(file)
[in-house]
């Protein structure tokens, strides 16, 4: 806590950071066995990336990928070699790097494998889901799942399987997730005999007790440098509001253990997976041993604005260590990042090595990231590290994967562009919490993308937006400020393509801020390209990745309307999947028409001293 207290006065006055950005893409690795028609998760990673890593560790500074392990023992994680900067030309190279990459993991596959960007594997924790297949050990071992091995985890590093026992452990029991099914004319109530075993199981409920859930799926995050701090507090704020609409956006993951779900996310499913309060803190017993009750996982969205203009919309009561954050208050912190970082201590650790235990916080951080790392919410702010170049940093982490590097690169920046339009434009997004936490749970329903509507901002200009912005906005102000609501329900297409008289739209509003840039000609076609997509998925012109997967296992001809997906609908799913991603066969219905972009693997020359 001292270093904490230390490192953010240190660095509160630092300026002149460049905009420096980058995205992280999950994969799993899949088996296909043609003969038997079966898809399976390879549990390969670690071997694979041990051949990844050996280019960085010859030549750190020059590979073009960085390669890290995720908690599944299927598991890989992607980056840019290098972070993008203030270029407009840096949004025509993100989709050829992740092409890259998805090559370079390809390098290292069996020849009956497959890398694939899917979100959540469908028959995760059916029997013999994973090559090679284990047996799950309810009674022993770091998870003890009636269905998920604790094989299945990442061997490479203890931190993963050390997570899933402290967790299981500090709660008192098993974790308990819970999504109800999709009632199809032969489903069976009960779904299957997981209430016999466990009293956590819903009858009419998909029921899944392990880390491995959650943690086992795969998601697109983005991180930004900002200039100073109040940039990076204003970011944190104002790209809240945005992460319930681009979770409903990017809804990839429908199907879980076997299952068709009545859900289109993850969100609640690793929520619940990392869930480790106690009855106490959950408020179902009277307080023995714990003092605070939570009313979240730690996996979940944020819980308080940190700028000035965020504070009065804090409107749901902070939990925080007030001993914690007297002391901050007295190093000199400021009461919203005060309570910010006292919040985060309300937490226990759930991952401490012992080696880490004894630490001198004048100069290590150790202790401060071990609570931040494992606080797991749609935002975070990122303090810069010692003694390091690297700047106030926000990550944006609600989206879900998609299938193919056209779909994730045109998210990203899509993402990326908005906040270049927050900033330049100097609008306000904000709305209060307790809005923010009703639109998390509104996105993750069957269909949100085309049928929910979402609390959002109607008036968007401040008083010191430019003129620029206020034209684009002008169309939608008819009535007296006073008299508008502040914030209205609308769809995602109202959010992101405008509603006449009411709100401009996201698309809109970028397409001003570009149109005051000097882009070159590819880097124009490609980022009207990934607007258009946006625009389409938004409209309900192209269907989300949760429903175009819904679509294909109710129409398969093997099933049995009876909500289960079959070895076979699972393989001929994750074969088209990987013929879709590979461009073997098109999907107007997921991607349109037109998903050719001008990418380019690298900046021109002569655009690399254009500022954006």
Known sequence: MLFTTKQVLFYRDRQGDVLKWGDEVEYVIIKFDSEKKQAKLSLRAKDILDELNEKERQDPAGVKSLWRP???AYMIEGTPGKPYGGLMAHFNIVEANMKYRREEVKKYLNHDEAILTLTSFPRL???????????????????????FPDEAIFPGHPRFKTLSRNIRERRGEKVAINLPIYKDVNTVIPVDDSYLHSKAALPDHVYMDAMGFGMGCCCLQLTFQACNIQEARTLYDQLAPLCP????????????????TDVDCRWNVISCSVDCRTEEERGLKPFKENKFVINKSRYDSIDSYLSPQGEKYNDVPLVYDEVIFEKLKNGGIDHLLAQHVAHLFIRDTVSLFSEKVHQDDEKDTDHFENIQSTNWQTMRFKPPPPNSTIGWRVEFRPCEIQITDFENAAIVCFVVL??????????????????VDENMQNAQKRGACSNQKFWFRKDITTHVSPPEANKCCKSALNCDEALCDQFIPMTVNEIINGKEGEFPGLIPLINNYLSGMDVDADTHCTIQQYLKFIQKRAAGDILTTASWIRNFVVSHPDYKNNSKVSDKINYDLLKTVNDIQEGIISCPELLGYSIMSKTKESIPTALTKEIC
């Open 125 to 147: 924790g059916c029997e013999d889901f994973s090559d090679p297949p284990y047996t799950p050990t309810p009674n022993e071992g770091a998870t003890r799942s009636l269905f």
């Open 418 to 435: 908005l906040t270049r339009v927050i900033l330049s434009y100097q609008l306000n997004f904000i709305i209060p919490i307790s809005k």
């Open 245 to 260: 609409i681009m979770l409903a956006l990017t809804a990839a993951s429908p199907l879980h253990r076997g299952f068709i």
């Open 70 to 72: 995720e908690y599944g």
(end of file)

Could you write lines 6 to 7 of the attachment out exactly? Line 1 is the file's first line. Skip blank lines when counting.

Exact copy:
């Open 245 to 260: 609409i681009m979770l409903a956006l990017t809804a990839a993951s429908p199907l879980h253990r076997g299952f068709i």
């Open 70 to 72: 995720e908690y599944g």